Conserve Wildlife Blog

Archive for the ‘Volunteer Programs’ Category

Part 3: Where are the Three Bridges eagles nesting?

Wednesday, January 20th, 2021

by: Larissa Smith, Wildlife Biologist

In part one and two of this blog series we followed the Three Bridges eagle pair. The transmission tower where they had previously nested was replaced and a new nesting platform installed. The question was: would the pair return and use the new nesting platform? Eagle Project volunteers have been closely monitoring the tower and surrounding areas for the eagle pair. The eagles have not been seen at their old nesting tower. At one point it looked like they were building a nest on an adjacent tower, but the amount of sticks never increased. Then a new eagle nest was found in a tree about a mile away from the tower location.

After many observations by nest monitors it is believed that this is the Three Bridges pair. While we can’t be 100 percent certain, the fact that they haven’t been seen at their old nest location and that this new nest is close enough to be in their territory. It is not uncommon for eagle pairs to relocate their nest if there is disturbance to the nest site. While it is disappointing, the new nest platform might not go to waste. Nest monitors have seen immature eagles perched on the newly installed tower and nest platform.

As the number of eagles’s nesting in NJ continues to increase, it only makes sense that a pair will eventually use the nesting platform in the future.

#Thankful

Monday, November 30th, 2020

‘Tis the season for osprey nest platform repairs — and being thankful for the volunteers who make it happen!

by Ben Wurst, Habitat Program Manager

AmeriCorps Watershed Ambassadors clean out nesting material from a 20-30 year old nest platform.

After migratory birds depart, leaves fall and northwest winds prevail, a small group of dedicated volunteers descend on our coastal saltmarshes. They’re there to maintain osprey nest platforms. Around 75% of our nesting ospreys rely on these wooden structures to reproduce. They were used to help jumpstart the early recovery efforts of ospreys in coastal New Jersey, where much of their native habitat was lost to development in the 1950-60s. Today many of these platforms are reaching their life span or are very close.

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Part 1: An Eagle Nest Removed

Monday, November 23rd, 2020

by Larissa Smith, CWF Biologist

April 21, 2020, Three Bridges adult with 2 chicks@ Daniel Kroon

The following was written by NJ Eagle Project volunteer, Daniel Kroon. He monitors this nest along with several other dedicated volunteers whose photos are featured in this blog.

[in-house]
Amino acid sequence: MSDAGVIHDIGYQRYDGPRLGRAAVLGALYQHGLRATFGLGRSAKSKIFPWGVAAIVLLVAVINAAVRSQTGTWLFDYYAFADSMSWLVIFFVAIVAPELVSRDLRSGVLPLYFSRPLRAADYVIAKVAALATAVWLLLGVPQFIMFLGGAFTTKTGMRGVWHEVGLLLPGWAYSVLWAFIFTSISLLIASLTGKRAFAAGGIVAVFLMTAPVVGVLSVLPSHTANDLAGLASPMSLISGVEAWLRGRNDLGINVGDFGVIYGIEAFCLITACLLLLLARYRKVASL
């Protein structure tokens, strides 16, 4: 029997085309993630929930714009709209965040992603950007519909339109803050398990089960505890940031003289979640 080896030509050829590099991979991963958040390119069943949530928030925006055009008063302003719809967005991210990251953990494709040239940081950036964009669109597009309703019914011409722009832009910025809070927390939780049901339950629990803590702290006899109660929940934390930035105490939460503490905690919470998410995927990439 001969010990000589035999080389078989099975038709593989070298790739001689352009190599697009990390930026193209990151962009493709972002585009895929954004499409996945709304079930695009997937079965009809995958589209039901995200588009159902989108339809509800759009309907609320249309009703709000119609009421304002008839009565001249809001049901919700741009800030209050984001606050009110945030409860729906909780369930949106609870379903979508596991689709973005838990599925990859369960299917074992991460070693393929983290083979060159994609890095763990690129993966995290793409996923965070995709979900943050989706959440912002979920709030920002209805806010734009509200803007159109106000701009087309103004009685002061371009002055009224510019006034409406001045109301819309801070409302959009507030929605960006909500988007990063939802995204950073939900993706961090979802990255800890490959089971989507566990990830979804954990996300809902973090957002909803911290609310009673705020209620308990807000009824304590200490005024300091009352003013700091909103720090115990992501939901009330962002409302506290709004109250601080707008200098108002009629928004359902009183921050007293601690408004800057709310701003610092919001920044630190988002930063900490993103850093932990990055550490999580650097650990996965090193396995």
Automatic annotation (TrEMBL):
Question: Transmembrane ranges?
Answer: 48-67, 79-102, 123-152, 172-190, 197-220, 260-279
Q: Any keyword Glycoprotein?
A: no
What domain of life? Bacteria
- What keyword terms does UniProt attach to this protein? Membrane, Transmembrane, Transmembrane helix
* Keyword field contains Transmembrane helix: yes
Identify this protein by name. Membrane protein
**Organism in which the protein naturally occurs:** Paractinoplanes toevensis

The Three Bridges (Hunterdon County) eagle nest is located on the top arm of an electric transmission tower. This pair has successfully nested on the tower for the past five years. This line of towers is scheduled to be replaced with new monopoles and the work on it has recently begun. PSE&G is cooperating with the NJ Bald Eagle program to move this nest to a new pole platform. Unfortunately, the pair is already on territory and have been observed bringing a stick to the old nest. It is an interesting story of how these eagles are adapting to the human-created environment and how we are trying to accommodate them.

The pair at nest October 17, 2020 before work begins @ Mary Ellen Hill

On November 4, PSE&G removed the top of the tower, keeping the nest intact, and lowered it to the ground where they carefully removed the nest from the tower structure. The nest is stored in a shed and will be re-installed on a platform affixed to the new tower when it is erected. We hope the eagle pair accept their remodeled home.

The evening of the nest removal, volunteer Mary Ellen Hill observed the pair sitting together on the adjacent tower.

November 4th, 2020 @ Mary Ellen Hill
November 4th, 2020, pair on adjacent tower after nest removal@ Mary Ellen Hill

We will follow up with part two of this story once the new monopole tower is installed and the nest is placed back up on the platform. We thank all the nest monitors, PSE&G and everyone involved to make this as successful as possible.

Rescue of a Juvenile Bald Eagle

Wednesday, July 29th, 2020

Blog written by Eagle Project volunteer, Frank Budney

On June 15th, 2020 a juvenile Bald Eagle was rescued in a most unlikely location; on a major highway, located in an industrial area of Union County. At first glance stories like this usually have an unfortunate ending, considering the location, but the timely arrival of a local Police Officer on patrol saved the day.

This is only part of the story. The eagle in question was one of two nestlings that hatched from a nearby nest back on March 24. Its sibling fledged sometime in late May or early June while this individual remained on nest, branching next to it but never attempting to fly. By June 14, the juvenile in question was still perched next to the nest with no indication that it was about to fly until the following morning when it was rescued.

Juvenile eagle at nest site June 14th, the day before rescue@ Frank Budney
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Wild for Volunteers Guest Post: Birds, Bats, Frogs and Horseshoe Crabs!

Monday, April 27th, 2020

by John King

Some of the species (super) volunteer John King has helped.

When I retired from teaching, one of my first tasks was to search for local organizations that encouraged volunteers, especially in areas of wildlife conservation. Luckily, I found Conserve Wildlife Foundation. I have to say that over the past few years, my volunteer service with CWF has been both rewarding and inspiring!

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